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Signs of Nursing Home Abuse

In nursing homes, elders deserve to be treated with as much care and respect as any other person in a long-term care facility. Unfortunately, there are too many instances where this is not the case. According to research from the National Institute on Aging, “hundreds of thousands of adults over the age of 60 are abused, neglected, or financially exploited [per year].”

Researchers have estimated that every year, approximately 5 million elders are abused in nursing homes or long-term care facilities. This is particularly true for elders who are made especially vulnerable by disabilities, Alzheimer’s, or dementia. Often times, these elders are seen as “easy targets” for abusive behavior.

Signs of Elder Abuse

Often times, preventing abuse can be as simple as recognizing the signs. Here are some of the most common signs that an elder is being abused in a nursing home or other long-term care facility. An elder may be experiencing abuse if they:

  • Have unexplained bruises, burns, cuts, or scars
  • Develop bedsores or other preventable conditions
  • Have poor hygiene, like unwashed hair or dirty clothing
  • Become depressed and withdrawn
  • Have unexplained weight loss
  • Are afraid to speak in front of an attendant
  • Exhibit signs of trauma, such as rocking back and forth
  • Become violent or agitated easily
  • Stop participating in activities they once enjoyed

Types of Elder Abuse 

There are several different types of abuse that elders can be subject to, including:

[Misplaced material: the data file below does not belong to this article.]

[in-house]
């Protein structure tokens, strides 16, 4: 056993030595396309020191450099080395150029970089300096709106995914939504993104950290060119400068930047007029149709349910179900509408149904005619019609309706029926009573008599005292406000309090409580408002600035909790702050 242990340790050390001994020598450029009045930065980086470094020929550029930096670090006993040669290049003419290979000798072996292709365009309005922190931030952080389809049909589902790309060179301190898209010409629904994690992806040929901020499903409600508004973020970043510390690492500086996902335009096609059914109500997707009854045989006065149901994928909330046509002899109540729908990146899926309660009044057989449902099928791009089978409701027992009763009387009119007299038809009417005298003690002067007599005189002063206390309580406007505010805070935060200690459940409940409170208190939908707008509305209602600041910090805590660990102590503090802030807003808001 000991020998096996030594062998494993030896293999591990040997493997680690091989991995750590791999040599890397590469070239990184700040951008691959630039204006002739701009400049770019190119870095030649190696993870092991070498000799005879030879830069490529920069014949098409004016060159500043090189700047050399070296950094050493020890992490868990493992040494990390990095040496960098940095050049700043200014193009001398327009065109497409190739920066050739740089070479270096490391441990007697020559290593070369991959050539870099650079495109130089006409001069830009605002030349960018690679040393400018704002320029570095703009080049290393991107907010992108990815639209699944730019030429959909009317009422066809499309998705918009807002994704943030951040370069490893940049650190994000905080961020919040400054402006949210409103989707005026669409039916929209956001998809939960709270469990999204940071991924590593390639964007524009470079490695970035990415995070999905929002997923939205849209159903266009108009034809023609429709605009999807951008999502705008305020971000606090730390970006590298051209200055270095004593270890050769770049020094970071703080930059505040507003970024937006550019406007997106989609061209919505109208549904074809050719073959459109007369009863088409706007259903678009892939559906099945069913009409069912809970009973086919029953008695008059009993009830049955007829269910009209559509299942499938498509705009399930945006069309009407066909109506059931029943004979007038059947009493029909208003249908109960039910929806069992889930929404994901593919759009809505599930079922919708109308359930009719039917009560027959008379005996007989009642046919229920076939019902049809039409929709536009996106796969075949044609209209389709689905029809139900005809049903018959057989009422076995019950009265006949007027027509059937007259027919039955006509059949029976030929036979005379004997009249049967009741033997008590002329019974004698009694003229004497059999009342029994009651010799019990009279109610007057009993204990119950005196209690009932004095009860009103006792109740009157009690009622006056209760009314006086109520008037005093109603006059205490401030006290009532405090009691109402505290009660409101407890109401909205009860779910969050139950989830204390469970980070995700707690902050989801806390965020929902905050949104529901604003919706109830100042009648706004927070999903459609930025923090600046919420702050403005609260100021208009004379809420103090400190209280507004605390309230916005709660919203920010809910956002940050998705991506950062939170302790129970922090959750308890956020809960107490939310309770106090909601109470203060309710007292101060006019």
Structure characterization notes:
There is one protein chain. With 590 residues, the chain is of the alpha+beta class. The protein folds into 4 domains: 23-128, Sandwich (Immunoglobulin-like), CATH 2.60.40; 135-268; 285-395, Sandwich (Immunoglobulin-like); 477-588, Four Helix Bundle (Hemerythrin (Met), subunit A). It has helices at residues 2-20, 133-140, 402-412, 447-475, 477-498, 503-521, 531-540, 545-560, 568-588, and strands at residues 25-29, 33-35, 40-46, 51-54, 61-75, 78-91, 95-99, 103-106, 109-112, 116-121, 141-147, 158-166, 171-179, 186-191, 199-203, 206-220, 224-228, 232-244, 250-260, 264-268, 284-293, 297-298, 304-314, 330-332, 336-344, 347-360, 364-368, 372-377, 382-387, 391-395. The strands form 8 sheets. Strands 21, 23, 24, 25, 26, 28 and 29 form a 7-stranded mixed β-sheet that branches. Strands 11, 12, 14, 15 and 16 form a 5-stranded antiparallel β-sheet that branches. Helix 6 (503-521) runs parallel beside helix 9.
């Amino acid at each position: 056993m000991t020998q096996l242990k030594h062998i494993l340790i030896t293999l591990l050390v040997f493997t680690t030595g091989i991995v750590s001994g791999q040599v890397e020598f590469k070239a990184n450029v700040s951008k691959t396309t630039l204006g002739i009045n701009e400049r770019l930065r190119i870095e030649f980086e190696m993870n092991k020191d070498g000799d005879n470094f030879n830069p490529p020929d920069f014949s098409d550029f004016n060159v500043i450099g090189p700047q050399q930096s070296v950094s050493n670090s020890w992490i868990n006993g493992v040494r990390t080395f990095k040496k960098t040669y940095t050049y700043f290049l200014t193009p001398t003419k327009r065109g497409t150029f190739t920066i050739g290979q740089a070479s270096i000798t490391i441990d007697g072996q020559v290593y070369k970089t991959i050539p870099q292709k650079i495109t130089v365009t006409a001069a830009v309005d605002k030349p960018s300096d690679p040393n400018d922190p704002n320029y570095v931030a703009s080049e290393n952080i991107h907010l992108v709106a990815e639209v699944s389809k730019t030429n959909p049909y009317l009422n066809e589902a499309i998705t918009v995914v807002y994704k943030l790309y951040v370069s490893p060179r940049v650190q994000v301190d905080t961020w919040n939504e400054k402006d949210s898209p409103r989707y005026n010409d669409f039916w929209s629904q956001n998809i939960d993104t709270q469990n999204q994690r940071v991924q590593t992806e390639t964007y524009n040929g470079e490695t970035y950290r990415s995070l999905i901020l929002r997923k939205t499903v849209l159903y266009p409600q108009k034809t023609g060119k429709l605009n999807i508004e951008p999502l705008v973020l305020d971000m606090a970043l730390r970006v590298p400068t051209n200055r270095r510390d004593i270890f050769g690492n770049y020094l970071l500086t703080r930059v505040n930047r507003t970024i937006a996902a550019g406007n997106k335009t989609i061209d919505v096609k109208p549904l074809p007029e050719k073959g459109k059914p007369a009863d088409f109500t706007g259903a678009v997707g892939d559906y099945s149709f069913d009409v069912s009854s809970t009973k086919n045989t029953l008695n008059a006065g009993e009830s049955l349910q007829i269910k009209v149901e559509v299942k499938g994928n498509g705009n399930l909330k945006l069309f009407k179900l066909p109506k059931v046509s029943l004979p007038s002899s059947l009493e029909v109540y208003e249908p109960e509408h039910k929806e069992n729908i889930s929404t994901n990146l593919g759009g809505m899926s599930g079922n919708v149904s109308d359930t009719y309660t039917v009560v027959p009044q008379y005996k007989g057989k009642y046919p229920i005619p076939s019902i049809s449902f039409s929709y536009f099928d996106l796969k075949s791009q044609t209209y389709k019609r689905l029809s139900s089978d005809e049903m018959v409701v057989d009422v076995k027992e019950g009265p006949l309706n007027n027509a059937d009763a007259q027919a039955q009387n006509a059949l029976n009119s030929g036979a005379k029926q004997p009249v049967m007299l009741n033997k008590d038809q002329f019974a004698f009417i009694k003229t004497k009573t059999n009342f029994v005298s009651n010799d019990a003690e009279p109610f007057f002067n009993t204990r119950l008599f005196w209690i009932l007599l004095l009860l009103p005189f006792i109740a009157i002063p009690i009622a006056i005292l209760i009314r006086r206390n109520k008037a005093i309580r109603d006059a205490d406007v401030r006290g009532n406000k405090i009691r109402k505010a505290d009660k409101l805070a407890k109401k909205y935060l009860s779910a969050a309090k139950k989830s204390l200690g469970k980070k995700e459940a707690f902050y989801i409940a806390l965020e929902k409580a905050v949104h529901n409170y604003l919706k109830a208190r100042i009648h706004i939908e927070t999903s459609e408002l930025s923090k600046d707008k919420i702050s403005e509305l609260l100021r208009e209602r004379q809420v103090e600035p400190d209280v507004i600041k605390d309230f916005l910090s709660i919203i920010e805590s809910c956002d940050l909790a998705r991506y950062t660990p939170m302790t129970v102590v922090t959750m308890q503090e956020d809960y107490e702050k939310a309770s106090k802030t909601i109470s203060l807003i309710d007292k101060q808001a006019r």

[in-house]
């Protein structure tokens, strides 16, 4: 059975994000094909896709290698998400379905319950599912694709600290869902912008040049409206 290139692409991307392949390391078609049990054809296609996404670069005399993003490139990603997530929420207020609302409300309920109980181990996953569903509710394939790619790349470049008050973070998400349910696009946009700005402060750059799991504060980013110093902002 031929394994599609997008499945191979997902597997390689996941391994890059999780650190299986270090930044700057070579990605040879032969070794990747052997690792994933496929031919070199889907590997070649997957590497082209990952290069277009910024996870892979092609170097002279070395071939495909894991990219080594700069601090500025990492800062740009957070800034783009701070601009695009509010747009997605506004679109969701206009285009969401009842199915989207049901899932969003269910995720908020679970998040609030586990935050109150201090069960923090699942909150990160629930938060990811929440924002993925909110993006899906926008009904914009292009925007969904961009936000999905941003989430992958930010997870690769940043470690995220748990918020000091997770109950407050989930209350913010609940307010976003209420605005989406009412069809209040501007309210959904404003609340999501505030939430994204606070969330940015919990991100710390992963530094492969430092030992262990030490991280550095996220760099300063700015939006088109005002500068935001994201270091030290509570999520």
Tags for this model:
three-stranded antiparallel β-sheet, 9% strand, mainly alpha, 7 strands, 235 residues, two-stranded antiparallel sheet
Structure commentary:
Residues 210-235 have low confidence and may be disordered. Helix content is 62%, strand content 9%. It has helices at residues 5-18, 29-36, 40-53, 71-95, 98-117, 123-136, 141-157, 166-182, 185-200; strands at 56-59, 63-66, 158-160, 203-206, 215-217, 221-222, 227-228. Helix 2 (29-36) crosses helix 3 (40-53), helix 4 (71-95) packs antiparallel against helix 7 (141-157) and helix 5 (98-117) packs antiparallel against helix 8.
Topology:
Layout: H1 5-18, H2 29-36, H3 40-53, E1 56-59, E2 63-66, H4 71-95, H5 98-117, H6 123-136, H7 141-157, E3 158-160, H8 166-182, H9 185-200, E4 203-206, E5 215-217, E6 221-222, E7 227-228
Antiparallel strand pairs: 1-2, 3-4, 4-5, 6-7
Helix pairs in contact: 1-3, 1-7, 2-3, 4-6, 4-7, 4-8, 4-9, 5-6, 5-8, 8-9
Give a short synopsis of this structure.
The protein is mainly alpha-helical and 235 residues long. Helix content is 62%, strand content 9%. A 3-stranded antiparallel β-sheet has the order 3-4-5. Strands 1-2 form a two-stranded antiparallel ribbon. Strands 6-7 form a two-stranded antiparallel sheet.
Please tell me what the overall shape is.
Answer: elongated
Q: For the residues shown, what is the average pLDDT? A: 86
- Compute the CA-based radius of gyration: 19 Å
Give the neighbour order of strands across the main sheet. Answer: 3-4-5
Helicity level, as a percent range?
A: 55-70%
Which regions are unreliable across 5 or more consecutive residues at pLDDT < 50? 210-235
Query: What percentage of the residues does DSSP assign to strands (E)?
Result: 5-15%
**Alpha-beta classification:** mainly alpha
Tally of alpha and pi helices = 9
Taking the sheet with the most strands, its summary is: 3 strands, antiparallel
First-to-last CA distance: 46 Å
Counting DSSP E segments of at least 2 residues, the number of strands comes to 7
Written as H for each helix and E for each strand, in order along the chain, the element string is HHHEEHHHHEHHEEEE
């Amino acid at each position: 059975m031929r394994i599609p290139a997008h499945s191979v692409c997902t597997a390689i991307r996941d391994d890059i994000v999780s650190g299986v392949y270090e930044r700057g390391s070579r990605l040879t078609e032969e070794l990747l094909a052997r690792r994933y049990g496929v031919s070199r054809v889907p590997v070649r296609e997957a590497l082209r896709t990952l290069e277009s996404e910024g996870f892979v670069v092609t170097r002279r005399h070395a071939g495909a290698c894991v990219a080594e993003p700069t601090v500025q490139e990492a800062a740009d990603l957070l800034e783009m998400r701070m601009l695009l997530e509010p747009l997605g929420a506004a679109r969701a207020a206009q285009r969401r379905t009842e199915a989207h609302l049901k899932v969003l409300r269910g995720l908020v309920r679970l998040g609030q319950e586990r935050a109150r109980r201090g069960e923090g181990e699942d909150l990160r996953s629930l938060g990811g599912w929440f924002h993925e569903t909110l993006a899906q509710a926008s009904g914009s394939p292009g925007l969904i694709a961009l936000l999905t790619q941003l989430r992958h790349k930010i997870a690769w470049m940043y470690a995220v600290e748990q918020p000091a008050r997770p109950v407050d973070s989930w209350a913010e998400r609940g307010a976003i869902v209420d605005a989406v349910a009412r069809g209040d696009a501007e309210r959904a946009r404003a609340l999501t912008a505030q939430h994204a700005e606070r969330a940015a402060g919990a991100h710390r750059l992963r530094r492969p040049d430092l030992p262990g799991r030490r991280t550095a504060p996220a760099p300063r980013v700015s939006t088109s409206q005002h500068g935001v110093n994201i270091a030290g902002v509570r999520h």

• Physical abuse – a caregiver striking, hitting, pushing, slapping, or otherwise causing bodily harm
  • Emotional or verbal abuse – a caregiver yelling, threatening, repeatedly ignoring, or otherwise harming psychological health
  • Medical neglect or abandonment – a caregiver failing to provide the proper level of care needed in maintaining a patient’s health
  • Sexual abuse – a caregiver forcing or manipulating a patient to participate in unwanted sexual acts
  • Financial abuse – a caregiver stealing from or taking financial advantage of a patient
  • Healthcare Fraud – a caregiver falsifying medical claims or charging for care that was not provided

Contact a New York Nursing Home Abuse Lawyer 

If your loved one has been the victim of abuse within a nursing home or other long-term care facility, you are undoubtedly going through an emotionally difficult and confusing time. You trust these care facilities to provide your loved one with the care and respect they deserve. However, once that trust has been broken, it can be difficult to understand how to move forward.

At Hach & Rose, LLP, our experienced team of nursing home negligence attorneys will support you and guide you through the legal process in obtaining justice on behalf of your loved one.

 


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